In time for the April planting season, FAO is distributing 14 700 agricultural kits to reach around 73 000 people in the most-affected provinces of Sofala and Manica. The seeds are early-maturing crops that will be ready for harvest 90 days after planting, protecting the immediate food security of most-affected households. Each kit contains: 8 kg maize seeds; 4kg bean seeds; 2 hoes, and 1 machete.

FAO’s 2019 emergency appeal

FAO is seeking USD 38 million to rebuild critical agricultural and fisheries infrastructure, resume local food production and support livestock owners. So far, USD 15 million has been raised: a gap of USD 23 million – 61 percent – remains.

To support the resilience of affected people, FAO is already working to deliver targeted expertise, seeds and livestock to ease immediate food and nutrition needs, ensure the winter harvest is not missed, and resilience to future shocks.

Related Topics

 -  In the past El Niño 2015-16 Since September 2019, Ethiopia has been responding to a Desert Locust invasion in five regional states – Afar, Amhara, Oromia, Tigray and Somali. To date, hopper ...READ MORE
 -  In northeastern Nigeria, the Boko Haram insurgency has led to heightened levels of displacement and food insecurity. While humanitarian access is improving, most displaced families still rely on vulnerable host ...READ MORE
 - El sector agrícola, ganadero y pesquero en Bangladesh meridional ha sufrido enormes pérdidas a causa del ciclón Sidr, y se necesita ayuda urgente a gran escala ...read more
23/11/2007
 - El pasado 4 de Septiembre, la Región Autónoma del Atlántico Norte (RAAN) en Nicaragua fué arrasada por el Huracán Félix, que para muchos pobladores éra, sólo, ...read more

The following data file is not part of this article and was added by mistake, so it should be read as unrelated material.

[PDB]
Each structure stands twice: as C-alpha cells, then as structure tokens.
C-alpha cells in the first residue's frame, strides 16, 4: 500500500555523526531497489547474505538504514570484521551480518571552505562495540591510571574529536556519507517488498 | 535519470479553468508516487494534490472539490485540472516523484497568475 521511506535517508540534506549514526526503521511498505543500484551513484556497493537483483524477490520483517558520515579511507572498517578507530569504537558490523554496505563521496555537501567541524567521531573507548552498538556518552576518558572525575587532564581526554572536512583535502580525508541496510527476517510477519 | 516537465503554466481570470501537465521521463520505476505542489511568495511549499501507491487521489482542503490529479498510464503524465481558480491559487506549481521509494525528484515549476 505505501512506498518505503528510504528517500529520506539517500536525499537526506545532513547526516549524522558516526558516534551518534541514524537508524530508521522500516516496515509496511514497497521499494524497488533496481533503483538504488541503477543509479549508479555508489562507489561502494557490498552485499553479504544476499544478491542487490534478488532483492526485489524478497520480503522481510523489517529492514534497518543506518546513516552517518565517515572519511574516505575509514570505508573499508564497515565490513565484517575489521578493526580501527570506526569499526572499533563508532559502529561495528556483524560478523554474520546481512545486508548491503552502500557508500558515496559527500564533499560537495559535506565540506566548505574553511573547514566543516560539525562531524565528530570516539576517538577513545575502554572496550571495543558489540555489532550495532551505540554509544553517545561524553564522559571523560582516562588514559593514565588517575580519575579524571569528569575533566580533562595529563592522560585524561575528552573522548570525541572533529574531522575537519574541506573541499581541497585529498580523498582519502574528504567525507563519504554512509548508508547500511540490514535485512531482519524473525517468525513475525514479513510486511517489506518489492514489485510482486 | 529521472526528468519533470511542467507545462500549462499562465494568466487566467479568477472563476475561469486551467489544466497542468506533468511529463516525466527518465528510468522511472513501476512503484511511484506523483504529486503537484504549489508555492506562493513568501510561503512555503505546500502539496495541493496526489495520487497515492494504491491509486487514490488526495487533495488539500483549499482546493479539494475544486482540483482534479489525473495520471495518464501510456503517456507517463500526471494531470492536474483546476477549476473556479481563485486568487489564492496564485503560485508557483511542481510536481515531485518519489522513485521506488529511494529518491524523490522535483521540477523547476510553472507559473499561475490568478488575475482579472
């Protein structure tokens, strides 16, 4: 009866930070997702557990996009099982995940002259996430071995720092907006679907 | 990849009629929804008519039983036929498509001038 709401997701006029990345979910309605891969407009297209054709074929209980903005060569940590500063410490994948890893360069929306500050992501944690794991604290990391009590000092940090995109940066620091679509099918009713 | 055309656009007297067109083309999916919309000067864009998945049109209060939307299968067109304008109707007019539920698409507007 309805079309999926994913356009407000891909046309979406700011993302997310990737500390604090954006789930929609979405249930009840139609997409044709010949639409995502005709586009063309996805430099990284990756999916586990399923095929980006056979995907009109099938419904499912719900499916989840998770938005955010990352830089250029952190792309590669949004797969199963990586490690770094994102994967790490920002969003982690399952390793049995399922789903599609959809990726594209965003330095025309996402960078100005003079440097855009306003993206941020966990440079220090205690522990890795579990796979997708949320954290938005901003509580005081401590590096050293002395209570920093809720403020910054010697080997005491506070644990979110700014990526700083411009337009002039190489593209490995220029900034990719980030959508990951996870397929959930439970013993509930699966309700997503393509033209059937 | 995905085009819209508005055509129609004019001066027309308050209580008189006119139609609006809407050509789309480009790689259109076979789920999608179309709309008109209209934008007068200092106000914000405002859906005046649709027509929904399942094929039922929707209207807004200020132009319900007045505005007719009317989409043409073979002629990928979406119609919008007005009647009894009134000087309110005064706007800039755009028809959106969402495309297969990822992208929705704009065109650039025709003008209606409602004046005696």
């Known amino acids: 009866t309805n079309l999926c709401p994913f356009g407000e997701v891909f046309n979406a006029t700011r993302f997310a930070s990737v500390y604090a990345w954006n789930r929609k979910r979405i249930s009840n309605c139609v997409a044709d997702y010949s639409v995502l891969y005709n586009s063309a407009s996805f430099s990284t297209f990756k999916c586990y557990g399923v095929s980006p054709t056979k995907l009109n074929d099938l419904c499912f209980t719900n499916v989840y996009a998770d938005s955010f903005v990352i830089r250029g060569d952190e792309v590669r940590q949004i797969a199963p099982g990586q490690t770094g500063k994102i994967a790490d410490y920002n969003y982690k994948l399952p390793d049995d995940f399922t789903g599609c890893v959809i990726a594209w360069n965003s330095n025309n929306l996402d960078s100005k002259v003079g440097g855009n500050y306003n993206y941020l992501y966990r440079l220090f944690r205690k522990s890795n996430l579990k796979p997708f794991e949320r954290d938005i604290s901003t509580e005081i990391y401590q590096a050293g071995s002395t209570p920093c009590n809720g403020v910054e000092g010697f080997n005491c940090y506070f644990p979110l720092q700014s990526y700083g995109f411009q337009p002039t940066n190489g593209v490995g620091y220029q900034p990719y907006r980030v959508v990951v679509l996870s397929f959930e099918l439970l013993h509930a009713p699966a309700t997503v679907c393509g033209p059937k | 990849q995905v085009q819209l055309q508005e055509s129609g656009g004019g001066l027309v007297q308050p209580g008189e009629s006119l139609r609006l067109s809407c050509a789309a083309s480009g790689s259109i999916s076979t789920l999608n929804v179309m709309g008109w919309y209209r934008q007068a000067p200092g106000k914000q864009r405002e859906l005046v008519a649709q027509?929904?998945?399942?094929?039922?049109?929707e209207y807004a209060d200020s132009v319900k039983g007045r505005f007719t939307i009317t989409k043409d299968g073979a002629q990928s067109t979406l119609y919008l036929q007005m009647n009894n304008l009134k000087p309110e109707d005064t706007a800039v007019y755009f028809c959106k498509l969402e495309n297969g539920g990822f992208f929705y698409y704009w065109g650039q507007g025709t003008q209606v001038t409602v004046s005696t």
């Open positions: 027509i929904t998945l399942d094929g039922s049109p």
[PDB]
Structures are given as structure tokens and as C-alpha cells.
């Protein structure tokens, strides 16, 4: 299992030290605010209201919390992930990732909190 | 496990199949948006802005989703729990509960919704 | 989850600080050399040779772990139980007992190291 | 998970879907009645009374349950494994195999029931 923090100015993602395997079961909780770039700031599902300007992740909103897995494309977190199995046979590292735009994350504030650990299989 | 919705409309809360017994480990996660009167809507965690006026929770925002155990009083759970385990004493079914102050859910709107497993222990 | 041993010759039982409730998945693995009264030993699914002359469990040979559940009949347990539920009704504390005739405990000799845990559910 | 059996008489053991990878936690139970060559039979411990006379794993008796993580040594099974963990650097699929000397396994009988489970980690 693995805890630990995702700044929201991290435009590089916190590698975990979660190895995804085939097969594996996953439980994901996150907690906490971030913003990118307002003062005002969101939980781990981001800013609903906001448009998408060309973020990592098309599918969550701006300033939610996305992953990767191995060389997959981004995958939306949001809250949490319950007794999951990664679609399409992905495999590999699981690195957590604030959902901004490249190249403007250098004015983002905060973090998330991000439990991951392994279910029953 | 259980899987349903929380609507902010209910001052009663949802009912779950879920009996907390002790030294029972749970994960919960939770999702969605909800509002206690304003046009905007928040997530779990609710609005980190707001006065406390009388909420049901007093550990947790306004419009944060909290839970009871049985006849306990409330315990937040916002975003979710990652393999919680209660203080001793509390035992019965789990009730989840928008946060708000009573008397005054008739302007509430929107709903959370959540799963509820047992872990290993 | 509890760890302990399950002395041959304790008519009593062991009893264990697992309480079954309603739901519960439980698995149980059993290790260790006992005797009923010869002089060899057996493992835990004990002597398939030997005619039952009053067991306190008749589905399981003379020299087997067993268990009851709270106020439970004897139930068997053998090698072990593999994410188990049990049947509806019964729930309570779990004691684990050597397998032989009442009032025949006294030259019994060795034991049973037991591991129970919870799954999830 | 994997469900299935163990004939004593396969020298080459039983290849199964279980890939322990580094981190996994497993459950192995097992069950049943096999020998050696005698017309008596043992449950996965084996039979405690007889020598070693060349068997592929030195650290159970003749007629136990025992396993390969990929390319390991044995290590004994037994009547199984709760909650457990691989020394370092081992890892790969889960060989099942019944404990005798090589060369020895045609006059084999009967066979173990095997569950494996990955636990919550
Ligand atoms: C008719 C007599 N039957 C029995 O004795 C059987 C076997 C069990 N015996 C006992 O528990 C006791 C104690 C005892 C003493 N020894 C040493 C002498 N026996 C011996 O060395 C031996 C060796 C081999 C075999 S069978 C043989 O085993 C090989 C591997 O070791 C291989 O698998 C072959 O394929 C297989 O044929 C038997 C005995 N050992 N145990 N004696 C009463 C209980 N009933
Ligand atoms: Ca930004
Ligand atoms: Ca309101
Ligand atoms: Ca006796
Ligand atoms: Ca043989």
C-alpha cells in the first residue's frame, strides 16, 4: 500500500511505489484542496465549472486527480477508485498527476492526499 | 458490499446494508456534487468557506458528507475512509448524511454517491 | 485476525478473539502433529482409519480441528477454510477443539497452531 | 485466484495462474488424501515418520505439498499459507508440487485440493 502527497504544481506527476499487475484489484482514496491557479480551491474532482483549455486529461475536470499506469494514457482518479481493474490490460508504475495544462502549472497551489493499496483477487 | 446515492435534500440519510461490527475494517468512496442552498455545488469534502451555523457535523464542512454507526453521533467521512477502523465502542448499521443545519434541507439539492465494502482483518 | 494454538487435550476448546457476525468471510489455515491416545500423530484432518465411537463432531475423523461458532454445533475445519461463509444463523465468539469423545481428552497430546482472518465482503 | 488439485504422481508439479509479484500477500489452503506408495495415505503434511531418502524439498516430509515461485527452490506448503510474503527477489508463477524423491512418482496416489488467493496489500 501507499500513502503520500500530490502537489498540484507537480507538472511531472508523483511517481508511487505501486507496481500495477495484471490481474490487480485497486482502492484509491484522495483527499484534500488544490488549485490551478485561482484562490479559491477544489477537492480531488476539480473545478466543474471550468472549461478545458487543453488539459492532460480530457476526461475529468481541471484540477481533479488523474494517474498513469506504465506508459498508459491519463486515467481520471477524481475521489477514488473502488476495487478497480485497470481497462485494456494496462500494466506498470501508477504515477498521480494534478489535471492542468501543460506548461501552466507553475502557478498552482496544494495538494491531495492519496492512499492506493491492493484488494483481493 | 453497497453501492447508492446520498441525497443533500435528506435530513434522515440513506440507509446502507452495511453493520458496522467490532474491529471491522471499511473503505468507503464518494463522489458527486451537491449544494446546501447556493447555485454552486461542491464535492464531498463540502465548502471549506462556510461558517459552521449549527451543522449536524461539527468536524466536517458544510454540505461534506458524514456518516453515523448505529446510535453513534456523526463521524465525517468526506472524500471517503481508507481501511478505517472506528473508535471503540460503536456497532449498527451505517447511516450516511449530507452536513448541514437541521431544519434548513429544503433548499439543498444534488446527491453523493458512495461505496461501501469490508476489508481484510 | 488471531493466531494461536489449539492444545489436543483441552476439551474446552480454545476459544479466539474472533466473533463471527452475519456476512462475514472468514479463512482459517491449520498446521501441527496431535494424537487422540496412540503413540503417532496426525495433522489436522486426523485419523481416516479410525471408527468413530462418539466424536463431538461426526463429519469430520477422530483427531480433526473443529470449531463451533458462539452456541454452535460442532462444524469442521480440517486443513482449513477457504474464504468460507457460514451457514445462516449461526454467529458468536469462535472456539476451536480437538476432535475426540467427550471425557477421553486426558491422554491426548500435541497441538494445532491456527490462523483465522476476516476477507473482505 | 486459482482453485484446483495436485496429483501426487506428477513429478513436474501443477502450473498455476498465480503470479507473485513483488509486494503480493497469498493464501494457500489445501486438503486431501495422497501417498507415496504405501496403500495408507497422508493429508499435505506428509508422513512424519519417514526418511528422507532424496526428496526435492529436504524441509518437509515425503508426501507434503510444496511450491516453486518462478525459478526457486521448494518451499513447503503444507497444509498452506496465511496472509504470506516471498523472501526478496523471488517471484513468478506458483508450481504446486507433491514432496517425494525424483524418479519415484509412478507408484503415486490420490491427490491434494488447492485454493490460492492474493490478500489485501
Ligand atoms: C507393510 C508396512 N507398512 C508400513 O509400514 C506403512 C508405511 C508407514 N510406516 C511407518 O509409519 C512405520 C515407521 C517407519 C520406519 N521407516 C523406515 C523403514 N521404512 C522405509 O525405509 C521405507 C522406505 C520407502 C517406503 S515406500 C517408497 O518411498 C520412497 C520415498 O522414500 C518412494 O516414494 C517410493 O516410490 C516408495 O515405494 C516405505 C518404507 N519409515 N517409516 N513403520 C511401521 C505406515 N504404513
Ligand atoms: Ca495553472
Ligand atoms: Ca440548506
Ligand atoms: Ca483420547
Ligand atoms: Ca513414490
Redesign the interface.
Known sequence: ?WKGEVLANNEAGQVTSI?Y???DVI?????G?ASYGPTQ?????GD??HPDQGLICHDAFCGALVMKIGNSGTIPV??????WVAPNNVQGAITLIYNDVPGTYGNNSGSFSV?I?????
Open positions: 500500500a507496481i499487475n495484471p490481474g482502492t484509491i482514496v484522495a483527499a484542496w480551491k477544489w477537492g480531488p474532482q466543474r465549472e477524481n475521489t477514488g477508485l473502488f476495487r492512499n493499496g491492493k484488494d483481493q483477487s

01/10/2007
 - Si usted participa en el taller de formación «El papel y la eficacia de la FAO en situaciones de emergencia», este manual de referencia le servirá ...read more
03/09/2007
 - Las comunidades pesqueras de Yemen sufrieron daños mucho más graves a raíz del tsunami de diciembre de 2004 de lo que se pensó originalmente. Los daños ...read more
10/08/2005
 - Mientras la intervención de socorro en la región devastada por los tsunamis está en su segundo mes de actividades, la Organización de las Naciones Unidas para ...read more
16/02/2005
 - La Organización de las Naciones Unidas para la Agricultura y la Alimentación (FAO) ha producido un atlas de las zonas afectadas por el tsunami del 26 ...read more
24/01/2005
 - No se ha constatado que hayan aumentado las enfermedades por consumo de pescado y mariscos en los países asiáticos afectados por los tsunamis, revela una nueva ...read more
14/01/2005
 - Las comunidades asoladas por la catástrofe producida por los tsunamis afrontarán graves problemas de seguridad alimentaria a corto y a largo plazo debido a la pérdida ...read more
11/01/2005
 - La FAO está llevando a cabo misiones de evaluación de daños en cada uno de los países afectados por los devastadores tsunamis en el sudeste asiático. ...read more
29/12/2004
1 ... 49 50 51 52 53 » Próximo